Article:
Who Is That Woman In the Chic Chapeau?

Posted by on Apr 22, 2010 in Blog Posts | 3 comments

Today’s post is filled with recent tales of life in a hat.

I am incognito to most people.  If I didn’t open my mouth, most people would wonder how they know this flitting bird wearing hats on her head swooping through grocery aisles to fill the fridge in her nest. 

They look.  I nod. 

They smile.  I smile back. 

They do a double take.  They ponder in a nano-second, “Who IS that under that hat brim smiling back at me?”

I could just end it at that, but I know they’ll eventually figure it out by the time they get to the cash register at Publix or Target, or to their table at Panera.  In so doing, they’ll realize that I knew all along who they were but chose to not speak to them.  How rude!

So, I end their capped conundrum and speak.  The voice of someone is a sure giveaway as to their identity, most times.

The mystery is solved.  They are relieved to know who I am and that they are not crazy.

I tell you this because I have come to realize that we humans  do indeed rely on someone’s locks as a serious point of recognition.  [Side note:  Our oldest dachshund was such a creature.  Once, I made the mistake of “going back to my natural color” in one appointment.  Upon arriving home, she growled at me to the point I was afraid she would lurch and bite.  I had to speak to help her realize I was her favorite person in the whole wide world.]  Without their hair, we just aren’t sure who people are when we have grown accustomed to them sporting sprouts from their heads.  Even those who are always sprout-less (aka bald) are recognizable to us.  (Insert shout out here to Robert’s roommate’s dad, Marty).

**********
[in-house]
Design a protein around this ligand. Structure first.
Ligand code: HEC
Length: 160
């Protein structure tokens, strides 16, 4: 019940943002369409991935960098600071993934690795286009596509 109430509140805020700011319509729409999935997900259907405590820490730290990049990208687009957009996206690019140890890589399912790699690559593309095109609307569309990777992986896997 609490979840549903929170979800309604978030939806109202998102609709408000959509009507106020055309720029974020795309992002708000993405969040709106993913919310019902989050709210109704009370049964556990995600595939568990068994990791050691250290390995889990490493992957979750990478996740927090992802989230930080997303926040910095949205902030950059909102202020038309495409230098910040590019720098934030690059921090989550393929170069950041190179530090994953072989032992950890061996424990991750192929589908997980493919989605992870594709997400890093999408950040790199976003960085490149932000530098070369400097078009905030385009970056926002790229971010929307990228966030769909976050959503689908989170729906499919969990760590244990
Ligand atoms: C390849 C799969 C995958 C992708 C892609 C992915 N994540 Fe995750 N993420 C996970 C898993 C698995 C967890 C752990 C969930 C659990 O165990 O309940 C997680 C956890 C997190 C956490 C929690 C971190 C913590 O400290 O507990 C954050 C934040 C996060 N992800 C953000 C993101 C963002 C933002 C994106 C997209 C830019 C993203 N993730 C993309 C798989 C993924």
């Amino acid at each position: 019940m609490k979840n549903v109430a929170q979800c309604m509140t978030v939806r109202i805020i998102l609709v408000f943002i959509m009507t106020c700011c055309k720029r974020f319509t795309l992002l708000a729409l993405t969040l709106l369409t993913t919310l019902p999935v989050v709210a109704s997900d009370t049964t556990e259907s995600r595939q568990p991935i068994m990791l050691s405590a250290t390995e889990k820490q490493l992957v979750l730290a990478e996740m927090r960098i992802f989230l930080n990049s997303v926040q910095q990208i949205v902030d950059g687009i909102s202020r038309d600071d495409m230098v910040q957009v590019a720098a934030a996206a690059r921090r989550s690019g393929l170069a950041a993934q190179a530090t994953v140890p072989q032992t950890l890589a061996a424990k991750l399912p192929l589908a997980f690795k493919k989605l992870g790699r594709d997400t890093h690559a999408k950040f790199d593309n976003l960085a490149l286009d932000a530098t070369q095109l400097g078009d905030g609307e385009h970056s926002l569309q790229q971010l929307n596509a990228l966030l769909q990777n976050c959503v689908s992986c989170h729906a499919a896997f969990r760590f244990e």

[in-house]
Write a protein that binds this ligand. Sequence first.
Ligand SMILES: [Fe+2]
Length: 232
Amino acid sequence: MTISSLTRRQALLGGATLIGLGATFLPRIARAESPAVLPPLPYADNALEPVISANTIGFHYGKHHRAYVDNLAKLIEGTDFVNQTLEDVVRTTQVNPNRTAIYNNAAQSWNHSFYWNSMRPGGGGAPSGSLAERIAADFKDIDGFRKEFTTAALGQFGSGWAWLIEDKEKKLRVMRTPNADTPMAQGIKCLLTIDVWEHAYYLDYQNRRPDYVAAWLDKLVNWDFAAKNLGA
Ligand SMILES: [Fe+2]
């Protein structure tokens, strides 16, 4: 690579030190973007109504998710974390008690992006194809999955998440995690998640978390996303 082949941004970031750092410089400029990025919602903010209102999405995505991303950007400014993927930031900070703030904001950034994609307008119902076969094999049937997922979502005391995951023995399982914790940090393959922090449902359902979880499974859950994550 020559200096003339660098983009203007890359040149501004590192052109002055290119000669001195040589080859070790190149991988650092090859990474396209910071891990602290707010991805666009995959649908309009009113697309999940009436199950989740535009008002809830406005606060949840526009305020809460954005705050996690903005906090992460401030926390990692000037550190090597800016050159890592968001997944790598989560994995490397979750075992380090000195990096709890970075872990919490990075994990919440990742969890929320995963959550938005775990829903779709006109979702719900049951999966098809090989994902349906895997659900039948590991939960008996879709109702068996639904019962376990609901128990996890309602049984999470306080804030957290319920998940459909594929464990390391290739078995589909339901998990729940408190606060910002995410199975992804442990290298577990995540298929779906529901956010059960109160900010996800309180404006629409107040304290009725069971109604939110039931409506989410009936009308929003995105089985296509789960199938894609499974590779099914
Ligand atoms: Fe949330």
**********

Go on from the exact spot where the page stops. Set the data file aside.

But, when we abruptly change our appearance, toss in a lack of being seen by some for awhile, then throw in a sighting…well, it can be unnerving to the poor soul who should recognize the one under the brim, but is at a loss.  Throw in my penchant for wanted to change my hat style and color from day to day, and boy, that is a sure recipe for confusion for the sight-er viewing the sight-ee (me).

Recently, I met a friend at Panera.  It was my first day in Columbus with a hat.  I noticed a dad of one of David’s friends and I spoke to him.  He looked confused.  I had called him by name, after all, and he knew not who I was.  He could not figure it out.  He stood in the middle of the restaurant as if he had forgotten what he was supposed to do next.  Because he was the first to see me and not recognize me, I was not really paying attention to why he paused so long.  Now I know.  Now I will be more helpful.  He waited for me to be doctoring my green tea (remember coffee is just not tasting that good right now) so he could approach my friend and ask her if I was with her, and if so, what was my name.  He was stumped to figure it out.  She told me all this later and said that she was a bit anxious about giving away my personal info to a stranger.  She didn’t know him.  She didn’t know I knew him.  She pondered if he was “interested” and felt the need to protect my marriage and my heart.  He, on the other hand, just needed to find out who the mysterious woman in the hat was who obviously knew him.  He came back and spoke and said he was so sorry about my cancer.  He was so kind. 

It was a scene from a comedy.  I got so tickled in her retelling from her point of view, that I almost washed her in green tea spittle.

Some who do know I’m donning a different daily hat each week are still taken aback when I run into them. 

So, I’ve decided that as news of my adopted fashion statement reaches fresh ears, more will be aware of the hats and in an effort to surprise everyone, I may just have to branch out into more “Delilahs” although I have a feeling that with the heat of summer coming, that would not be such a wonderful idea.  I’d hate to yank the thing off at a red light in hopes of cooling off.  Why, that could lead to a whole other post with tales of shocked expressions, my own included.


  1. Love your stories Amy. You make us laugh and
    remember similar stories in our past. It makes for interesting days. Keep posting!!

  2. Think about this….a topic of a later post….Upon your sporting a luxurious head of hair in the aftermath of chemo, and not a hat or Delilah, will people recognize you? Thank you for sharing your funny moments!

  3. I’m laughing, I’m crying. I presume you do both in this situation. I love you and your spirit so much. You are such a great example. Kimberly Wright wants to send you a bandana…if she doesn’t, you can get cute ones at Hobby Lobby. That has to be one of your getups. Praying for you daily. love, danielle

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